Andy McCulloch, managing director and head of real estate analytics at Green Street Advisors, joined REIT.com for a video interview at REITWorld 2015: NAREIT’s Annual Convention for All Things REIT at the Wynn Las Vegas.
McCulloch discussed the major findings of a recent Green Street report on the real estate cycle. The report concludes that the current commercial real estate cycle is nearing the end of its lifespan, although McCulloch conceded that the cycle could be extended. Valuations have become “fairly expensive,” according to McCulloch.
“Over the past six years or so, values for commercial property have roughly doubled and prices today sit about 20 percent above the previous peak in 2007,” McCulloch observed.
To understand where the market goes from here, Green Street looks at both the bond and REIT markets because they tend to be good predictors of trends in commercial real estate values, McCulloch said. In the bond market, Green Street looks at the spreads between corporate bond yields and unlevered returns on real estate. With REITs, Green Street considers where they are trading with respect to their underlying assets.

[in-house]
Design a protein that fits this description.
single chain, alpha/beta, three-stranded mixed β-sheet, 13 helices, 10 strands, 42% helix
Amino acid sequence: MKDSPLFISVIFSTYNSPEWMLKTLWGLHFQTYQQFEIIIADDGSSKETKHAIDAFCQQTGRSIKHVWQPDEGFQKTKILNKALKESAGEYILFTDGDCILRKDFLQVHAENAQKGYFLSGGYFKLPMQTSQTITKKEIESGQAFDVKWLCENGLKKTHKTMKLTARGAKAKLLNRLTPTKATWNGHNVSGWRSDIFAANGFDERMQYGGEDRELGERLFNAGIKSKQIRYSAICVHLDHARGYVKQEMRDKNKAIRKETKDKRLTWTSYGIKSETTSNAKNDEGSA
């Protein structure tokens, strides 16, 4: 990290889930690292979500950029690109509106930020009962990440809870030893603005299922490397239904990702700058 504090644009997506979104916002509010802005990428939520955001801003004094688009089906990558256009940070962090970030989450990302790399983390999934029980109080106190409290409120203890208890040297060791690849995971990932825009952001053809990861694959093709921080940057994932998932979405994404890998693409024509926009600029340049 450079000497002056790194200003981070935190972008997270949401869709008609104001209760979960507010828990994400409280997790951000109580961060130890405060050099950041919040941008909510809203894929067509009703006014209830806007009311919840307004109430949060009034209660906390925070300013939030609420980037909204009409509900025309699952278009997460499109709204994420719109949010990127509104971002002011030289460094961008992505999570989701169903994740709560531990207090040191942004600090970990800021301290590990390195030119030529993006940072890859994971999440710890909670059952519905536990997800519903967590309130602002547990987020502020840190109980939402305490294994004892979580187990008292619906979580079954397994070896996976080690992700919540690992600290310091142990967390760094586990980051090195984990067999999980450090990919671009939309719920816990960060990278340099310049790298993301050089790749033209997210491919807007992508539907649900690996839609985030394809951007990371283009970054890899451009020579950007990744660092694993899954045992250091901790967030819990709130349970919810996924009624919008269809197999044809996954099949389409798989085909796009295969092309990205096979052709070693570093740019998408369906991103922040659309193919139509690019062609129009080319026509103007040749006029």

The two markets had been sending bullish signals for real estate for more than five years, until the first quarter of this year, when they did a “180-degree turn,” according to McCulloch. “Those are bad signals for the future value of real estate,” he said.
McCulloch stressed that Green Street is not calling for a significant correction in asset values. Rather, the firm expects asset pricing to flatten out and potentially fall 3 percent to 5 percent in the next 12 months, he said.
McCulloch acknowledged that the Green Street stance is an outlier compared to other forecasters, and he admitted that a bullish case can also be made based on healthy operating fundamentals and robust capital inflows.
“The bull case means that this cycle could go into extra innings. Values could rise slowly for the next couple of years,” he noted.
As far as operating fundamentals are concerned, Green Street believes that they have not advanced as far as asset values. “They feel more like the sixth inning,” McCulloch said.
While Green Street believes asset value appreciation is going to stop and potentially reverse, rents are likely to grow well ahead of inflation for the next several years, he added.